Your Blood Work is “Normal!” The Hypothyroidism Controversy Continues

Comments: 0 | August 2nd, 2011

blood work

“Good Housekeeping” recently published an article about the diagnosis and treatment of thyroid problems. Unfortunately, it did not do justice to women who are seeking the proper solution for their hypothyroid symptoms.

The article does correctly list some of the common symptoms of hypothyroidism: “fatigue, bloating, weight gain, irregular periods, constipation, dry skin, thinning hair, thinning brows, forgetfulness, depression, cold hands and feet, muscle cramps, low sex drive.” However, it focuses on the mainstream approach to diagnose and treat hypothyroidism; an approach that has failed thousands of women. We hear from women on a daily basis who have been to their doctor complaining of the symptoms of hypothyroidism, only to be told their blood work is “normal” and sent away without help.

The doctors interviewed for the article advocate the thyroid stimulating hormone (TSH) test as the definitive diagnostic tool to determine if a person has hypothyroidism. The issue with only evaluating the TSH test is that your lab results may fall within the “normal” range; however that may not be where you need to be for your optimal health. For example, you may fall within the high end of the range, but what if you really need to be in the low end of the range to resolve your symptoms?

The single most important tool in determining your thyroid status and hypothyroidism treatment is a thorough review of your symptoms and a physical examination. The diagnosis of hypothyroidism should be made primarily on the basis of your clinical history and basal body temperature. Make sure your doctor listens to and evaluates all of your symptoms. If your basal body temperature is consistently below 97.8, it is highly indicative that you may suffer from hypothyroidism.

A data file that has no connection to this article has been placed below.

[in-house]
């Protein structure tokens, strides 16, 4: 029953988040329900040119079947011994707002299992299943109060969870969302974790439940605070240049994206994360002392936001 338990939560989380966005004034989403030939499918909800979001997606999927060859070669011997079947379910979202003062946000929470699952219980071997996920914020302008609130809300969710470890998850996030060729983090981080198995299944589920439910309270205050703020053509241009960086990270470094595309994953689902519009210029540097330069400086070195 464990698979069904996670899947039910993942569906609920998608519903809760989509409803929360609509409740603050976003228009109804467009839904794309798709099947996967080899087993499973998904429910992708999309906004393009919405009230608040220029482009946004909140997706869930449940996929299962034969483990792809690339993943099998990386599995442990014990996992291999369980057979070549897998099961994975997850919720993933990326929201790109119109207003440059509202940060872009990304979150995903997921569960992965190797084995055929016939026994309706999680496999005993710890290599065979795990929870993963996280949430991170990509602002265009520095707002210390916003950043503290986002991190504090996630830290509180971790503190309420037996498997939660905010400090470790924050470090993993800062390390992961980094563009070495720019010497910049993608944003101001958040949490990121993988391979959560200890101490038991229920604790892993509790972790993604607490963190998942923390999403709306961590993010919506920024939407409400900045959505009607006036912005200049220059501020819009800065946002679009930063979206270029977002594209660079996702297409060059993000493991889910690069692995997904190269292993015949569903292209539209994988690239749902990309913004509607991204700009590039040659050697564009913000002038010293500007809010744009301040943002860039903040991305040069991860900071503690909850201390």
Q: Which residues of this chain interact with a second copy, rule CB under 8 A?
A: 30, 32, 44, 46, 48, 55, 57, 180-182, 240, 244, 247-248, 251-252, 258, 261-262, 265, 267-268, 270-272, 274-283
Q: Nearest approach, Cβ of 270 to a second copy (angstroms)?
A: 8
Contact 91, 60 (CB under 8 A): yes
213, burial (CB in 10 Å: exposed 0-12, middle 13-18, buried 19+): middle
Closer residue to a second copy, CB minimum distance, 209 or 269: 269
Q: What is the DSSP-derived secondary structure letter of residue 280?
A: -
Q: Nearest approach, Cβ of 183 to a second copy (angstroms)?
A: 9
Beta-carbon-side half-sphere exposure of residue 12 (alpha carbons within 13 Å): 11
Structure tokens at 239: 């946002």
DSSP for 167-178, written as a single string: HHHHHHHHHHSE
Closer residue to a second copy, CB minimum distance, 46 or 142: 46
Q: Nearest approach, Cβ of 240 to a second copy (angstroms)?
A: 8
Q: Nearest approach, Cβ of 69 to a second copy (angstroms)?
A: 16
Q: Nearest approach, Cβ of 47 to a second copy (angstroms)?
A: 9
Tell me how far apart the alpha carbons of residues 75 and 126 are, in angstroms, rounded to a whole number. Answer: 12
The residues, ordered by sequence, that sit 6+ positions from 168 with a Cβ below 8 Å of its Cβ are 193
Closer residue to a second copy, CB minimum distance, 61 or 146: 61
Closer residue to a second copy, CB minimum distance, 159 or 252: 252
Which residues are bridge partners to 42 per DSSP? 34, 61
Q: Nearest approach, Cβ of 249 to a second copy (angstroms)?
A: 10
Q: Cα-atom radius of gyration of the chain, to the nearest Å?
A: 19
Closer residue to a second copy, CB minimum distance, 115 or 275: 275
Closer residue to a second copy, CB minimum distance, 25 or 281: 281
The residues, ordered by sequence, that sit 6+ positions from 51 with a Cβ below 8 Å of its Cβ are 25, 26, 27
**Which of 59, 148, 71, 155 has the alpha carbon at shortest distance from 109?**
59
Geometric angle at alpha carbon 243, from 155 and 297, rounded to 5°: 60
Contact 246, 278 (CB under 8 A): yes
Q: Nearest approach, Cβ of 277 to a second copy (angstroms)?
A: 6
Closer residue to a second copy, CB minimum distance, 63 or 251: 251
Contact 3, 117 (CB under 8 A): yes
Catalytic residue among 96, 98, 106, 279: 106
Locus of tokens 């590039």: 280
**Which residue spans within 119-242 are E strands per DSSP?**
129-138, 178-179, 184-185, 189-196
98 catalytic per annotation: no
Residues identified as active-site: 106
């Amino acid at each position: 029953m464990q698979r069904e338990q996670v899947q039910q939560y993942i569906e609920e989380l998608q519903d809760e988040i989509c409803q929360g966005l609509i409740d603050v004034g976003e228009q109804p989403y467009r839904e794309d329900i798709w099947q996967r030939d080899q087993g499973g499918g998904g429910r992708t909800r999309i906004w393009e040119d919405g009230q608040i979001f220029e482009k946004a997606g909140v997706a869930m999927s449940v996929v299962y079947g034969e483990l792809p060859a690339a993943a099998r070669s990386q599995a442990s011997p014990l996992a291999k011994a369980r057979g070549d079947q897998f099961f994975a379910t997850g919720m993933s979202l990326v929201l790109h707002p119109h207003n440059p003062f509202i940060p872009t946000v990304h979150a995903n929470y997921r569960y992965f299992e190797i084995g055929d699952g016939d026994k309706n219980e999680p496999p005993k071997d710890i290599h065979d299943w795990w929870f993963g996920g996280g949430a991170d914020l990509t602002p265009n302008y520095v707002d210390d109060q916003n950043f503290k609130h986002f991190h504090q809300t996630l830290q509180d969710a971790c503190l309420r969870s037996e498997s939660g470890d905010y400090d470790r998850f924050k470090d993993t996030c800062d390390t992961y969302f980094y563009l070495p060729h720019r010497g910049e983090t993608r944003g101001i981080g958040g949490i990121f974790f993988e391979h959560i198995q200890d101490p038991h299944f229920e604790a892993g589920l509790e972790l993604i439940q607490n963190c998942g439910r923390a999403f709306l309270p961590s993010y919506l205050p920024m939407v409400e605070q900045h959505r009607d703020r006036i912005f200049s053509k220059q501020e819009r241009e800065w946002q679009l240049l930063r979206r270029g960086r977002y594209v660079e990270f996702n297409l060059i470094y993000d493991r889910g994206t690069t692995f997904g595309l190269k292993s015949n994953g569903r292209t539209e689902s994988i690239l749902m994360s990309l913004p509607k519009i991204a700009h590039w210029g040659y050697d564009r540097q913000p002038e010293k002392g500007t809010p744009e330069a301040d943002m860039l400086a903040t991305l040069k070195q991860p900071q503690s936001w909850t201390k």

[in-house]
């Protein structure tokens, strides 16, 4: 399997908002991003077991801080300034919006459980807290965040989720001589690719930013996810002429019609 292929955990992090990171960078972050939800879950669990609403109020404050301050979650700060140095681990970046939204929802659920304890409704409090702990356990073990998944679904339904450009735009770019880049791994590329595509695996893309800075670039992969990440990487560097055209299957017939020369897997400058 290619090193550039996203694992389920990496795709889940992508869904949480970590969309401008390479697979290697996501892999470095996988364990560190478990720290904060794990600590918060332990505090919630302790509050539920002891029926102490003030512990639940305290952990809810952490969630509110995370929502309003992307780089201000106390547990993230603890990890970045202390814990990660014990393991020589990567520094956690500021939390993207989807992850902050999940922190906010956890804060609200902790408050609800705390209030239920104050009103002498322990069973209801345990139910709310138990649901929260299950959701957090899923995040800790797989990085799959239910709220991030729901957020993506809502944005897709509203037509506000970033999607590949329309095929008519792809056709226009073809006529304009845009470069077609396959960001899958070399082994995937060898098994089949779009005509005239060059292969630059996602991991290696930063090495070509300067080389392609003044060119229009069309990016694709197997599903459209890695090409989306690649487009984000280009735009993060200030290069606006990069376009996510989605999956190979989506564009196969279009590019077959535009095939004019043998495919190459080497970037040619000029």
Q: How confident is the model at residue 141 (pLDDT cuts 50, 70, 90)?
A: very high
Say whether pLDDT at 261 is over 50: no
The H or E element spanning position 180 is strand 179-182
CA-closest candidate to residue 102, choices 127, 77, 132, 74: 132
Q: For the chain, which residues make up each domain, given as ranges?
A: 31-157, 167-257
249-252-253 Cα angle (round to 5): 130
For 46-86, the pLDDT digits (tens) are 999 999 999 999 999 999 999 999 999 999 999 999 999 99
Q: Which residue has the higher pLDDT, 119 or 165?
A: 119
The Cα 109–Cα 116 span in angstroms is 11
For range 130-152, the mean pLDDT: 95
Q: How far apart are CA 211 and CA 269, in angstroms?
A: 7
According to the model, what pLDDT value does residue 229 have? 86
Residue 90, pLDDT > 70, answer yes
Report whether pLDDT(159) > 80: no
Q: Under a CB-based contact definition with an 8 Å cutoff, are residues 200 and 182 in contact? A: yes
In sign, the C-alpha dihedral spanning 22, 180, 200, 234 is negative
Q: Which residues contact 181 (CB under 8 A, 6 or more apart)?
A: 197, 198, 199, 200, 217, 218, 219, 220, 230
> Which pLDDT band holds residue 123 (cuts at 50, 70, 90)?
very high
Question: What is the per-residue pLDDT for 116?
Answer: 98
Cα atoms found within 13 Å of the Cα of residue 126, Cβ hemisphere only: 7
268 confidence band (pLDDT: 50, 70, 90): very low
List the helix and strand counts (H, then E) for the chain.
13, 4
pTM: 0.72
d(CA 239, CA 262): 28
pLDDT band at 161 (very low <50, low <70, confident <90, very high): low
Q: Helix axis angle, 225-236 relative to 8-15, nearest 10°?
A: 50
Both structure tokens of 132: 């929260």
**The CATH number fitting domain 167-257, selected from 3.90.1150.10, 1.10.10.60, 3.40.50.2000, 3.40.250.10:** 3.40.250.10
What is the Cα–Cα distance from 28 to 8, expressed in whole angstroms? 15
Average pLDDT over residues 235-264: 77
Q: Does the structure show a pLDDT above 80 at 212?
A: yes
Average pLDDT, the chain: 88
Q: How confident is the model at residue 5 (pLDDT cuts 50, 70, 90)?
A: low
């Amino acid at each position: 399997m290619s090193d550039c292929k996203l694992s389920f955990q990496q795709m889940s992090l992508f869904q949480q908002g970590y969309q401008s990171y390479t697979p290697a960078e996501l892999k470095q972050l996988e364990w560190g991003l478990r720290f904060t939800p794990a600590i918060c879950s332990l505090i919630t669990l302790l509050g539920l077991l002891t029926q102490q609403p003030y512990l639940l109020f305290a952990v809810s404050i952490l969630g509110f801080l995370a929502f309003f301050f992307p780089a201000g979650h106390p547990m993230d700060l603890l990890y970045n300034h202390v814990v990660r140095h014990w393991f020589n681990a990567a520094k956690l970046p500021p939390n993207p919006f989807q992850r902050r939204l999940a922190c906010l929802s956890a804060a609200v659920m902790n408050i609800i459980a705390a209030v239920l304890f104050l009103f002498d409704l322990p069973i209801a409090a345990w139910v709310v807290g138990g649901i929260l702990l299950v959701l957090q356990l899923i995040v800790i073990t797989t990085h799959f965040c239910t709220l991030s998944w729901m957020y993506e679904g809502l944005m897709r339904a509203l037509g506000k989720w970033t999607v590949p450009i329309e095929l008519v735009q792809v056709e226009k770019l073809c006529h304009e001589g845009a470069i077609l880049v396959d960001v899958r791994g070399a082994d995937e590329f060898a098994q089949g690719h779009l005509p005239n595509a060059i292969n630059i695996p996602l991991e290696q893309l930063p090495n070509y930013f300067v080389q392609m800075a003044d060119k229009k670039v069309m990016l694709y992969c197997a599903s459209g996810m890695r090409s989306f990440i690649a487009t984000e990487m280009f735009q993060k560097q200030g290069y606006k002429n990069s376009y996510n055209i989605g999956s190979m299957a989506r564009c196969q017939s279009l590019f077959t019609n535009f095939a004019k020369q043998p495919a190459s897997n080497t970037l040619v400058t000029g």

The article then describes Synthroid as the go-to medication for treating hypothyroidism. If you are lucky enough to even get a diagnosis of hypothyroidism using the TSH test, then you will most likely be unlucky to be prescribed this synthetic T4 drug as a result. T4 is the inactive thyroid hormone. Your cells must be able to convert T4 to T3, the active form of thyroid hormone, in order to utilize it to produce energy; but this does not always occur. Many people who take Synthroid do not have resolution of their hypothyroid symptoms.

Once the diagnosis of hypothyroidism has been established, the more effective choice is a therapeutic trial of desiccated thyroid. Desiccated thyroid is bioidentical to the thyroid hormones made by the human body and contains both T3 and T4, as well as numerous other thyroid hormones and nutrients needed by our cells. A doctor interviewed for the article mentions that the potency of desiccated thyroid can vary; however, he was actually referring only to Armour Thyroid, when several lots of Armour Thyroid were recalled in 2003 for variations in potency. There are reliable forms of desiccated thyroid available.

The article also quotes the chief of endocrinology at Mayo Clinic in Rochester, Minnesota, who is clearly misinformed and downplays the benefits of selenium and coconut oil for thyroid function!

Don’t end up like the author of this article, who accepts that her TSH test is normal, is choosing not to seek proper treatment for her possible low thyroid symptoms, and has resolved to drinking coffee for energy! Find a doctor who will look beyond your blood work!

Contact us today for a complimentary wellness consultation at 281-698-8698.

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